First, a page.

Tuesday, August 12, 2003

Sifting through the Cal Poly SLO transcript 

Joanne Jacobs has picked through the transcript in the Steve Hinkle case. I have read the transcript as well and have a couple of additional thoughts. One, the hearing was conducted to only investigate disruption of the meeting. The administration was asked explicitly if they were charging Hinkle with a violation of a policy on posting fliers, and they said no.
RG: (the hearing officer) The conduct giving rise to the charges against the student charged are as follows. On the evening of November twelfth, two thousand two, the student charged disrupted a student meeting at the University Multicultural Center. Is that the extent of the charge?
AT (director of judicial affairs Ardith Tregenza): It is.
RG: Any amendments?
AT: He was also posting in violation of University policies.
SH(inkle): I have a question.
RG: Yes?
SH: Do I have to be notified of any amendments that are charged by [indistinct]?
RG: Yes, technically, if the nature of the charge is substantially amended, then you have � I can technically postpone the hearing for you to have an opportunity to review the charges.
SH: Because I don�t have any of my paperwork if the charge also contains a violation of the posting policy.
AT: I�ll go ahead and not amend the charges in order to proceed today.
So it's only for the disruption of the meeting that he's supposed to be charged, though she continues to bring it into the discussion, even citing him as violating the policy in her closing statement. But when the student identified as S6 was asked to write for the administration what she would like the resolution of the case to be (this comes right after the first quote Jacobs uses), she replies:
�I hope my Bible study group can receive a public apology from the student printed in the
Mustang Daily as well as on texts posted around campus and in the classroom for this hate speech against us.�
But of course, they don't want a hate speech case either, so they duck that question:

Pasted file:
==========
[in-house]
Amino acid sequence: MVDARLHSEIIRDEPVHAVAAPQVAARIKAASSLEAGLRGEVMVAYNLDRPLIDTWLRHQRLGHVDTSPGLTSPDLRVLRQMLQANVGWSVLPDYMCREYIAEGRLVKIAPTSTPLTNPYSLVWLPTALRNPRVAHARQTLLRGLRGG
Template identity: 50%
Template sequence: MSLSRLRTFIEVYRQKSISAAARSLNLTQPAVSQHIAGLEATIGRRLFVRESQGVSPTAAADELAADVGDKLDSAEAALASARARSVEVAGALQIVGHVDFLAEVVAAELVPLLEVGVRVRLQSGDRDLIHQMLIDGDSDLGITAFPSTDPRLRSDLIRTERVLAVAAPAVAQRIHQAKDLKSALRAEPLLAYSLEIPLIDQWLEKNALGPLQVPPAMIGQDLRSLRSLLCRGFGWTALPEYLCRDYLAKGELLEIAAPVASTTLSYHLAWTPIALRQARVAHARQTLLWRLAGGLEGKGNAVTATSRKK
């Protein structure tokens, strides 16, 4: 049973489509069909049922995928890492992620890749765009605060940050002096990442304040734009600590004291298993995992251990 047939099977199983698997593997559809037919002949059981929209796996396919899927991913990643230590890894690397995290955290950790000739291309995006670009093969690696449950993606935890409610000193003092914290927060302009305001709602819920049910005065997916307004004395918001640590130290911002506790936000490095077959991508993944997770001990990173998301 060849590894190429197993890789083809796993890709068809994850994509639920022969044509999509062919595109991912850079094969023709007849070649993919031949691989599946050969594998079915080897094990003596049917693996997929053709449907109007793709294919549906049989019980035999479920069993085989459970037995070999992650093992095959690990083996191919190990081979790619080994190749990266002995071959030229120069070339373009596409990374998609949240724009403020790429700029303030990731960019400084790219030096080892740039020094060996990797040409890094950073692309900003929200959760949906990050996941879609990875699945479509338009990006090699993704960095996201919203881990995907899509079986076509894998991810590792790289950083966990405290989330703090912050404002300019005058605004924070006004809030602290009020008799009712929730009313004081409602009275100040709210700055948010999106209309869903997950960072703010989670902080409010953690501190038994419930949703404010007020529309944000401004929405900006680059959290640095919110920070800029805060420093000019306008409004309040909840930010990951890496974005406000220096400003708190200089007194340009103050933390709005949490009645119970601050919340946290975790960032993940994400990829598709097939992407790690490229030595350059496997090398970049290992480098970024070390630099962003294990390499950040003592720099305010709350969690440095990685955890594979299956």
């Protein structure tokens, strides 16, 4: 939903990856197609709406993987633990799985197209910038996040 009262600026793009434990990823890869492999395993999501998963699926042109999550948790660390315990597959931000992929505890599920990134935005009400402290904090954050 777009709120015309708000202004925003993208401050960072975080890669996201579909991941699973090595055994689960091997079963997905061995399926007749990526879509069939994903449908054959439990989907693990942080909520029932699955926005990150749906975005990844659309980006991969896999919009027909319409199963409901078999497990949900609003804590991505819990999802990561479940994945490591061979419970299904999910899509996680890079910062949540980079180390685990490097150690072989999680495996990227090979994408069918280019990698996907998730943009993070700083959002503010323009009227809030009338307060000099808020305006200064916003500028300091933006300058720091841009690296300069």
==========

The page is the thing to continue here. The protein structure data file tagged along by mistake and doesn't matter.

SH: No, no. The idea still stands that she thought that the flier was hate speech.
RG: Well, I don�t think I want to hear that question answered. I understand that she answered the
question, that she thought the flier was offensive. Do you have any more questions?
No, nobody wants to say this is a hate speech case, because that makes the case much more difficult to sustain. Instead we are asked to "get along". In Trezenga's closing argument we find
you said it�s obvious the students were upset. You just stated that. If it�s obvious they were upset and it�s obvious that they asked you to leave, why didn�t you, you know, leave? Why didn�t you pursue your questions to them at another time, at another venue?
A right so circumscribed is no right at all. Either Hinkle has free speech or he does not. If Cal Poly SLO is going to argue that there's a time and place restriction on the posting of the flyer in a common area in the student union, where there was no notice of a meeting taking place, then they have in effect re-segregated their campus.

UPDATE: Mitch chimes in.

I poke fun at the two-bit bigotry behind sides like this, or Democrats.com. Seeing it from the leadership of a main-line, prestigious public institution, though - it's not a surprise, but it's still a demoralizing surprise in 2003.
Cal Poly SLO is a prestigious institution? It doesn't suck, sure, ranking between Loyola Marymount and Redlands for a masters-level regional, but prestigious? Not with the assministration they've got running the place.